What does it mean to see God? Are there special places to look, or particular ways to adjust our vision so that we might overcome our blind-spots about God—or much else?
I spent the fall of 1996 in traction in hospital, and the spring of 1997 learning how to walk again after a nearly fatal accident. So I had a lot of time to read, and that included some sermons of St. Augustine of Hippo, one line of which has remained with me a quarter-century later: “Our entire task in this life, dear brothers, consists in healing the eyes of the heart so that they may be able to see God.”
So, the great Latin doctor of North Africa suggests, we can see God, but it will be a struggle to do so until the end. This, of course, is captured in St. Paul’s famous line about how we see “through a glass, darkly” but in the age to come will see face to face.
What gets in our way of clear vision now? Arguably the single biggest obstacle to seeing God clearly is our propensity for idolatry which, the universal Catechism says (no. 2113), “remains a constant temptation.”
In her wisdom, the Church knows that you cannot replace something (idols) with nothing and expect most people to make do. Human weakness abhors a vacuum. So in place of the various people and objects we tend to divinize (“idolatry consists in divinizing what is not God,” that same paragraph of the catechism reminds us), the Church’s pastoral solicitude led her historically to take a risk on icons.
Iconography is commemorated in the East at the outset of Lent, whose first Sunday is often called the Triumph of Orthodoxy, commemorating the vindication of iconography after the seventh ecumenical council in Nicaea in 787.
Conciliar decrees, ancient and modern, are invariably compromise statements, and Nicaea II’s declaration about icons clearly so for the Church was then riven by those who had already gone a considerable distance toward abolishing all icons, which is why we have virtually no surviving images from the ante-iconoclast period.
Sensibly down the middle, with due caution, and clearly aware of the risks they were running, but which they felt were underwritten because their decree reflected “the God-spoken teaching of our holy fathers and the tradition of the catholic church,” and that this teaching “comes from the Holy Spirit,” the Nicene fathers went on to “decree with full precision and care that” various images of Christ, the Theotokos, the angels, and the saints—including in mosaics and those painted, on walls, panels, vestments and sacred instruments—were blessed and approved to function as role models of holiness for the people.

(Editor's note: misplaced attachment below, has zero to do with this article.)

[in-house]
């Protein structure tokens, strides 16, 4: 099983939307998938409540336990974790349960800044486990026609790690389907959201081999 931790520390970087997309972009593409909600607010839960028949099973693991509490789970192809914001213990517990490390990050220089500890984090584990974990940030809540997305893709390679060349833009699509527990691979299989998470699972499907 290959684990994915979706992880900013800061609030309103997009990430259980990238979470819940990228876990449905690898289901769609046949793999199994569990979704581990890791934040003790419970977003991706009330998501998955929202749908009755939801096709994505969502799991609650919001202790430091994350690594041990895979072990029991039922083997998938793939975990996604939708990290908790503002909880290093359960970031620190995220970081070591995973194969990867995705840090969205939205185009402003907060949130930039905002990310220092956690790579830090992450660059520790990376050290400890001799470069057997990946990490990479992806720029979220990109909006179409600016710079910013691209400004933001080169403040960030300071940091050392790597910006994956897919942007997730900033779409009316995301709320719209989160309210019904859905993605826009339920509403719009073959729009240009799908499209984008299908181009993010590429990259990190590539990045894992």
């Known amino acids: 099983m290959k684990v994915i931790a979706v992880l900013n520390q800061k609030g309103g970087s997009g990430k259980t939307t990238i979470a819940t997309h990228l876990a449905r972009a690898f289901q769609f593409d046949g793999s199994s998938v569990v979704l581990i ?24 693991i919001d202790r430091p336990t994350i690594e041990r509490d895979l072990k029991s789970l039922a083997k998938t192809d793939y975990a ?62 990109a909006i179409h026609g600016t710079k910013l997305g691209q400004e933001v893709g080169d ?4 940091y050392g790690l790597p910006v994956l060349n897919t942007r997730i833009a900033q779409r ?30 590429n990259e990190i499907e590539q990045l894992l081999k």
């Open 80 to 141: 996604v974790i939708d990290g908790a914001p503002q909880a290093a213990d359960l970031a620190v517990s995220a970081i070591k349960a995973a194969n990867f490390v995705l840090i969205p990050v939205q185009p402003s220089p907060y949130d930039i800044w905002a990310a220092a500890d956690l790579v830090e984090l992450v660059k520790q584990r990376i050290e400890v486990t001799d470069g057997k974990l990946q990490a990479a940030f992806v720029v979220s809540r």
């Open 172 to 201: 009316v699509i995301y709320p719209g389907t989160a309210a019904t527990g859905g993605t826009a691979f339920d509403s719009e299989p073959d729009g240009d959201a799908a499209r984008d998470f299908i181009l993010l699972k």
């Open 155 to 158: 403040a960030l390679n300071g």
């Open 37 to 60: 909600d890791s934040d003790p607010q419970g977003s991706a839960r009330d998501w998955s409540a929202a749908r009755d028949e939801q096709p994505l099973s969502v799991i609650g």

How ought the people to treat those images, the danger of idolatry then as now being a universal temptation? The council once more proceeds carefully, advising us to pay these images “respectful veneration. Certainly this is not the full adoration [latria] in accordance with our faith, which is properly paid only to the divine nature.” In other words, you may honor an image but never worship it.
Worship belongs to God alone. To worship an icon is at once to turn it into an idol. For some, the line between veneration and worship may not be entirely clear, but the Nicene fathers felt that this was a crucial distinction worth risking.
It does, however, leave icons in an exposed and vulnerable position, and outbreaks of iconoclasm are not just confined to the East-Roman Empire in the eighth and ninth centuries. They would break out again famously during the Reformation, and then in the West, according to Joseph Ratzinger’s great book The Spirit of the Liturgy at and after Vatican II in the Latin Church.
More recent scholarship has convincingly shown that iconoclasm—the willful destruction of images—is not confined to ancient and medieval Christianity or even “religion”. This is best exemplified in James Noyes’ invaluable 2016 study, The Politics of Iconoclasm: Religion, Violence and the Culture of Image-Breaking in Christianity and Islam. With examples from Nazi Germany and Communist Russia, he shows that the destruction of images—even so-called secular ones—is always a prelude to a new politics. (We are seeing this played out even now in Russian attacks on Kyiv, which is an “icon” of Ukraine itself.)
The last quarter-century, however, has brought about a massive revival in Christian iconography, with icons now being found in many Protestant churches as well as Roman Catholic ones. I have for five years now run an iconography camp for students in the summer, who come from far and wide and consistently rave about it. This year, because of popular demand, we are running a workshop for adults alongside the students.
Icons, then, are (dread phrase!) a “safe space” today for those struggling to see God. The Church has said that in them fallen matter (that is, us) gazes upon redeemed and fully deified matter. They whom we see were once what we are—pilgrims struggling here below, divinization incomplete.
In turn—for icons are often described as a window—they are able not just to see us but also pray for and encourage us to run the race to the end when we gather around God’s table face to face. In Hans Urs von Balthasar’s memorable image from his Trinity Sunday sermon, we learn that in “the Castle of the Three-in-One, the plan has always been that we, those who are entirely ‘other,’ shall participate in the superabundant communion of life.”
May we use this Lent as a time for healing the eyes of our heart in order to see and share with others the superabundant life laid out before us now and in the age to come.
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